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Why is My Dog Stealing Food?

why is my dog stealing food
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Why is My Dog Stealing Food?

Stealing Food From Counters:

Many dog owners struggle daily with their dogs stealing food from the kitchen counter. “Counter Surfing” as we affectionately call it, can not only be a nuisance, it can be dangerous to a dog. You may wonder ‘why is my dog stealing food?’.

In order to change this problem behavior, it is important to understand why dogs do this. Beyond the obvious reason that they like to eat, almost all dogs are stimulated by the intriguing scents coming from the various food items that are being prepared on our kitchen counters. So, they are initially going to jump up on the counter because they are curious and they want to eat what is up there. Once they are successful at eating something yummy that was found on the counter, they have learned that stealing food is very rewarding. This can become a real problem because dogs, in general, are very self-rewarding.

Counter Surfing can also be dangerous to a dog. It is very possible for a dog to steal a food item that could cause medical problems such as allergies, choking, upset stomach or even toxic reactions. In addition, some dogs will be less likely to want to eat their own dog food if they have had the taste of forbidden foods

The following is a Treatment Plan for Food Stealing based on Positive Training Methods:

Positive Reinforcement of Alternate Behaviors

This means rewarding your dog for a more desired behavior instead of jumping on the counter.  To do this, set up a situation where food is on the counter and your dog knows it.  Practice a simple known obedience cue such as Sit or Sit-Stay near the counter with food on it. When the dog obeys the command and does not jump on the counter, you should reward the dog with a small treat, a favorite toy or praise.

Management of the Problem and Setting the Dog up to Succeed

Inadvertently, many dog owners encourage their dogs to jump on counters without realizing it. If you are preparing food on the counter and accidentally drop a piece, more than likely your dog gobbles it up very quickly. You have just taught your dog that yummy food comes from the counter.  You should never feed your dog from the counter! It is also a good idea to not feed your dog their meals in the kitchen area. A better alternative would be a breakfast area away from counters. Laundry rooms and hallways nearby are other options.

As mentioned earlier, dogs are very self-rewarding. Every single time a dog gets food from the counter, he is rewarded for the behavior. It only takes an occasional reward to keep the dog coming back at every opportunity in hopes of hitting the jackpot.

It is very important to prevent your dog from going near the kitchen counters with food unless you are there to supervise. When you are not able to supervise your dog 100% in the kitchen, the use of a baby gate in the doorway is very helpful. Another solution is to boundary-train your dog from the kitchen. This method teaches the dog not to cross a boundary line (such as a doorway) that you have set. Your Personal Dog Trainer can assist you with boundary training techniques.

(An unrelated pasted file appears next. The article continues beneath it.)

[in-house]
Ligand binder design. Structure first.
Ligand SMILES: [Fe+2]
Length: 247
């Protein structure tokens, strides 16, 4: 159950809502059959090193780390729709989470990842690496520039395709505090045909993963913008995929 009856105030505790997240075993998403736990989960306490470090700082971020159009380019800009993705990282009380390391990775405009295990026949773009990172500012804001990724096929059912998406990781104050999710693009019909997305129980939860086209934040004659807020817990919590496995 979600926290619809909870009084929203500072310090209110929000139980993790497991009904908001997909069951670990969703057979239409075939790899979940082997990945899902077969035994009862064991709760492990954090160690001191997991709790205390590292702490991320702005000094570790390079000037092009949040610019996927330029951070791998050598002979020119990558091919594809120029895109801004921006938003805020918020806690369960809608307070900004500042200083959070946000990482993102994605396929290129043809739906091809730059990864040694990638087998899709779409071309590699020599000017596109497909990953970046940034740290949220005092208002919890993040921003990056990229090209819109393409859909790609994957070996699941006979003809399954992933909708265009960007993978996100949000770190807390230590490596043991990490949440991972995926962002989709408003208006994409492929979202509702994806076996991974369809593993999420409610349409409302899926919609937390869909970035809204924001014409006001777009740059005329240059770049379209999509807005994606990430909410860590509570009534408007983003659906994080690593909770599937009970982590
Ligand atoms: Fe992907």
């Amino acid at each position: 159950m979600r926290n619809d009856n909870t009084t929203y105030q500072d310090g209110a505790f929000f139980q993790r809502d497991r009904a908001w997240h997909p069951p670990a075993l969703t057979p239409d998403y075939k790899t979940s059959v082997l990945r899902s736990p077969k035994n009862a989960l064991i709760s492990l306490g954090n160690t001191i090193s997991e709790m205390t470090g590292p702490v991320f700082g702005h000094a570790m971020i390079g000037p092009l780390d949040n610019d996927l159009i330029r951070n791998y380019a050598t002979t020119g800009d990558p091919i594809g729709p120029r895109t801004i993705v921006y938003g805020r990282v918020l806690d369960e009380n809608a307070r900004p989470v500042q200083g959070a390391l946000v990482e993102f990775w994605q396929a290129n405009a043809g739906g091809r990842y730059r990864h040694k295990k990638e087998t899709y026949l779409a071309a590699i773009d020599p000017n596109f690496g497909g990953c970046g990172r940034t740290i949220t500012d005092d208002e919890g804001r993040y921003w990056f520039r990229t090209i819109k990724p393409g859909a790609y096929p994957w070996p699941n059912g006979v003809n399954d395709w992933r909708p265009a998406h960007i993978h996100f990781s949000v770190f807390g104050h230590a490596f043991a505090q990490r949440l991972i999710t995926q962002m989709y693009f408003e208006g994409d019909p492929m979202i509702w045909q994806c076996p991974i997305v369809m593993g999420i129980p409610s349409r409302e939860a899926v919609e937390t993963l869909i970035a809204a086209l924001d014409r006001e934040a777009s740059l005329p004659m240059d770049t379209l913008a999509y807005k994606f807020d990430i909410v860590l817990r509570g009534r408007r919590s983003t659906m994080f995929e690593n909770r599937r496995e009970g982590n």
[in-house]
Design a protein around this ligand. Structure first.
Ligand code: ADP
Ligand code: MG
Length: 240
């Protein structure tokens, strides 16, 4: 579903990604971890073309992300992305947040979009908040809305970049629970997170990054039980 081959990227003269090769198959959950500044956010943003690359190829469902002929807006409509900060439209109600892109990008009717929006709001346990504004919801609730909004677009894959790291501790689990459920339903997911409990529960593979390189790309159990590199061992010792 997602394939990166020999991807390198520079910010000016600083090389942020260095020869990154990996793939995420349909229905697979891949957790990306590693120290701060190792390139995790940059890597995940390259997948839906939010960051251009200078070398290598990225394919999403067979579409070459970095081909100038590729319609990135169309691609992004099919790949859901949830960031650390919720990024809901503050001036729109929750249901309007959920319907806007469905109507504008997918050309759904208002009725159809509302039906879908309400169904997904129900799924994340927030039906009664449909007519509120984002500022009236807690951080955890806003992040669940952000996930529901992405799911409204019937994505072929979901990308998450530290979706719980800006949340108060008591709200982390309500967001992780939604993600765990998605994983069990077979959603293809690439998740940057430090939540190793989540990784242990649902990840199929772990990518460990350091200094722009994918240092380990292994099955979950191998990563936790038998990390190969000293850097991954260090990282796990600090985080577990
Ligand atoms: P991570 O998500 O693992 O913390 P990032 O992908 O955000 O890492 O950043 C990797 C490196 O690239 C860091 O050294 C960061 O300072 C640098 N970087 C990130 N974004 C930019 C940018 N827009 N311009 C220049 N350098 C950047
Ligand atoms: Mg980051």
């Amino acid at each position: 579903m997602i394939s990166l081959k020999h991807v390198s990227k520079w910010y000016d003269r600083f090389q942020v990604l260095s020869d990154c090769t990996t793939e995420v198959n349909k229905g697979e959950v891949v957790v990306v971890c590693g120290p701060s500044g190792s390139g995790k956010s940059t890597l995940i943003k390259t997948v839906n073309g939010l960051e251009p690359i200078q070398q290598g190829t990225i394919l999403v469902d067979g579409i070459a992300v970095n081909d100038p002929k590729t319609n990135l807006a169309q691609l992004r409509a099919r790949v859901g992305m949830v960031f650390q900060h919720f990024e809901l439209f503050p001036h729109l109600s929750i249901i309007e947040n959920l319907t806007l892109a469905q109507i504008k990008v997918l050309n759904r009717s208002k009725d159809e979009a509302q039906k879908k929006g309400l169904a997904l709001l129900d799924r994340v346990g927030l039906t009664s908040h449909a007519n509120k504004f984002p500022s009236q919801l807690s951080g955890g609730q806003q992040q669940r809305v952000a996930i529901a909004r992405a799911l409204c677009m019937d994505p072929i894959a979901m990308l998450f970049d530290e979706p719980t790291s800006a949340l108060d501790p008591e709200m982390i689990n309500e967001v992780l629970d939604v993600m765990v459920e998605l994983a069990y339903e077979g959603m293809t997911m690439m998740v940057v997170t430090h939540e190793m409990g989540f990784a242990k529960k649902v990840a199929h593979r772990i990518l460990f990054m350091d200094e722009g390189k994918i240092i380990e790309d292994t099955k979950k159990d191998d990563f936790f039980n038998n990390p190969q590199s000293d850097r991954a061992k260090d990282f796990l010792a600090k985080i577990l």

To successfully manage this problem behavior and set your dog up to succeed, you must not leave food of any kind on the counter when you are not in the kitchen.

Consequences for Food Stealing

Consequences are often used to aid in the correcting of problem behaviors. The idea here is to make food stealing an unappealing task. You will find that most dogs only steal food when no one is watching. With that in mind, a proper booby-trap on the counter can be a useful aid for training. A proper booby-trap can be made with a shaker can (used soda can holding 20 pennies with the top secured with tape), string and double-sided tape. Start with a large piece of meat that your dog cannot swallow whole and tie a string to one end and then tie the other end to the shaker can. Set the shaker can in the cabinet above the meat with no slack in the string. Next, put double-sided tape on the counter in front of the meat where your dog’s paws are likely to touch when he jumps up. Most dogs find the tape uncomfortable. The purpose of these two things is to startle the dog enough to make him give up the idea of stealing the meat.

Consistency in Dealing with Food Stealing

Consistency is critical in dog training, especially when treating a problem behavior. Each time the dog is able to jump up and get the food he is after, he is getting a very special reward for this behavior.

For more information on Boundary Training and other Problem Behaviors, you can contact:

Christi Phillips, CPDT with Posh Paws Pet Care, LLC

843.900.0438

Visit our website at PoshPawsPetCareSC.com

Or send us a note from our contact page here.

Published in the Lowcountry Dog Magazine’s October/November 2010 Edition

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